When Jena Lee Nardella graduated from college at 22, she had a dream to bring clean water to thirsty, third-world communities in Africa. After the meeting the band Jars of Clay, which already had a heart for the clean-water cause, Nardella teamed up with them to start the organization Blood:Water, which she leads today.
As the mission moved forward, Jena and her team came up with the idea for the 1,000 Wells Project, which would entail digging 1,000 wells in Africa while simultaneously providing support for African communities wrestling in the grip of HIV/AIDS. The number seemed overwhelming to Jena in 2005, but Jars of Clay lead singer Dan Haseltine told her, “A thousand is a number that only God is comfortable with, so if we reach that one day, we’ll know it is of God and not ourselves.”
In 2011, Blood:Water dug its 1,000th well, and during its nine-year history, the organization has raised over $24 million to address the clean water and HIV/AIDS crises in 11 African countries. Jena was kind enough to take a little time to share with us about her journey in dreaming big for God, and it includes some great advice for those who feel like they are serving Christ through lost causes.
1. If it weren’t for Jars of Clay, a popular Christian band, your organization probably would have never been so successful. Do you feel like it’s a reflection of the shallowness of Christians that it often takes someone on stage to get us excited about serving those in need?
I don’t think this is an issue of being shallow. It is a noisy world out there with so many causes begging for our attention. People need some way to know which ones to trust or pay attention to — so when a band they love invites them into a greater story of compassion for Africa, the response has been compassionate and generous. People of influence can certainly get us caught up in issues of celebrity, but they can also choose instead to call us to our better selves. I think Jars of Clay has done that with Blood:Water.
2. Many of our readers volunteer to help individuals whose needs seem to always outweigh the supply of support. What do you say to someone like that who’s getting frustrated and feels like his work is a lost cause?
In high school, my classmates voted me Most Likely to Devote my Life to a Lost Cause, and I took it as a compliment. I think the thing about lost causes is they’re only lost if you leave them behind. If you stick with it and keep hoping in action and not just in feeling, you may discover that they are not lost after all.
Real change does not happen overnight. It sometimes does not even happen in a lifetime. The key is to celebrate the small successes along the way and to welcome the setbacks with an opportunity to learn and pray and choose over and over again to stick with it. And try not to do it alone. That’s what community is for — to keep pushing us forward in those moments of doubt and disappointment.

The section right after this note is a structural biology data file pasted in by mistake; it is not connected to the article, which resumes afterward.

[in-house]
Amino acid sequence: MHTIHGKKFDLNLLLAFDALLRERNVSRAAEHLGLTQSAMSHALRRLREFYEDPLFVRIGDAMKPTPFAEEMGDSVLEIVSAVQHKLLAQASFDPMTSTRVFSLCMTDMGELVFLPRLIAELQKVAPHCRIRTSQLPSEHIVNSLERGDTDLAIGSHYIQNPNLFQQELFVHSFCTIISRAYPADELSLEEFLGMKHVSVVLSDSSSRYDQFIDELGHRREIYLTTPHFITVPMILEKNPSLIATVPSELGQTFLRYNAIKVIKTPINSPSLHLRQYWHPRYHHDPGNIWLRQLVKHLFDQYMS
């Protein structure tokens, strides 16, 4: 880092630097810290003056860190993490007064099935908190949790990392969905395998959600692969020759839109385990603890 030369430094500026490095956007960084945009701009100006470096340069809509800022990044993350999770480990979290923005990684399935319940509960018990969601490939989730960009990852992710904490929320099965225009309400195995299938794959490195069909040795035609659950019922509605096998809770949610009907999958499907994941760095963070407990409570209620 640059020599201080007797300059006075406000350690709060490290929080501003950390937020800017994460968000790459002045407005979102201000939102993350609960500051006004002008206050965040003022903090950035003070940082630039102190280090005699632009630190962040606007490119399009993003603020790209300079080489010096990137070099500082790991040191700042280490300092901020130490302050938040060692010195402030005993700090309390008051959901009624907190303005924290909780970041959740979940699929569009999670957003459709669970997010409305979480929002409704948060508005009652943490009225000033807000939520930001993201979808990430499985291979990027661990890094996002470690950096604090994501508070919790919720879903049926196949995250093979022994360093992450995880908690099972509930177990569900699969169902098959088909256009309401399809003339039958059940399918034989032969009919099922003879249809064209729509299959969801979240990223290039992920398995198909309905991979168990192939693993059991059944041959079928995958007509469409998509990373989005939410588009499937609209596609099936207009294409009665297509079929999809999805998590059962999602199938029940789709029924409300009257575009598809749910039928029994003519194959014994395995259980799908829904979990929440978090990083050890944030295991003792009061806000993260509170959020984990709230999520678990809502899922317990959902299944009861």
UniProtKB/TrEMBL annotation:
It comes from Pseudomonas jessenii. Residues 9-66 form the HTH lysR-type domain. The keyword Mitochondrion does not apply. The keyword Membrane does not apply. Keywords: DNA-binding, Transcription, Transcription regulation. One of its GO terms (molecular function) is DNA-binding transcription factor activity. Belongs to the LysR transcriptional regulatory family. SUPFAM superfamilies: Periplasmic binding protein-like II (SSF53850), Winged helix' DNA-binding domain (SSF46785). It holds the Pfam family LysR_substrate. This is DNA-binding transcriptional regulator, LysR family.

3. What’s the closest you ever came to giving up on the work of Blood:Water, and what brought you back from the brink?
There was a season when fundraising for the mission was dwindling. The recession had just hit alongside other international humanitarian disasters that took the attention and generosity away from our friends in Africa. I felt like our team was putting its best efforts out there to raise the resources we needed for our African partners, and nothing was working. I started wondering if it was God’s way of nudging me out of the work, but it was actually God’s way of teaching me about the virtues of patience, persistence, hope and faith. We have doubled in growth since.
4. People hear about building wells and providing HIV/AIDS support and have idealized visions of what it must be like to do that work, but you undoubtedly come across people who just want to use you to get what they need. What is your heart attitude to those folks?
I had a longtime friend and partner in Africa who misused some of our grant money for personal gain. I felt betrayed and hurt because we had spent so many years working together to provide thousands of people with clean water. The truth is, we are all broken people, and we make bad decisions along the way. It happens in our own country all of the time. But it hurt to realize that you could pour your heart and life into something that may never actually love you back. The thing that brought me back into it was the decision to choose to love the world and the work even if it sometimes hurts. I learned so many lessons from that experience. Blood:Water is stronger, and I think, in many ways, so am I.
5. How has your faith in Jesus changed since you began this work?
As my world has expanded beyond the boundaries of the United States, I have come to realize that there is so much that I still don’t know about the person of Jesus and the nature of God. I have also come to stand in awe of how love can be the greatest force for change in the world. Jesus lived that out and told us so. Only through walking the dusty paths of Africa with communities working toward their dream for clean water have I begun to believe what Jesus really meant about loving God and loving our neighbor.
Thanks so much to Jena for taking the time to talk with us. If you’re interested in learning more about her work or contributing in some way, you can check out her website at Blood:Water.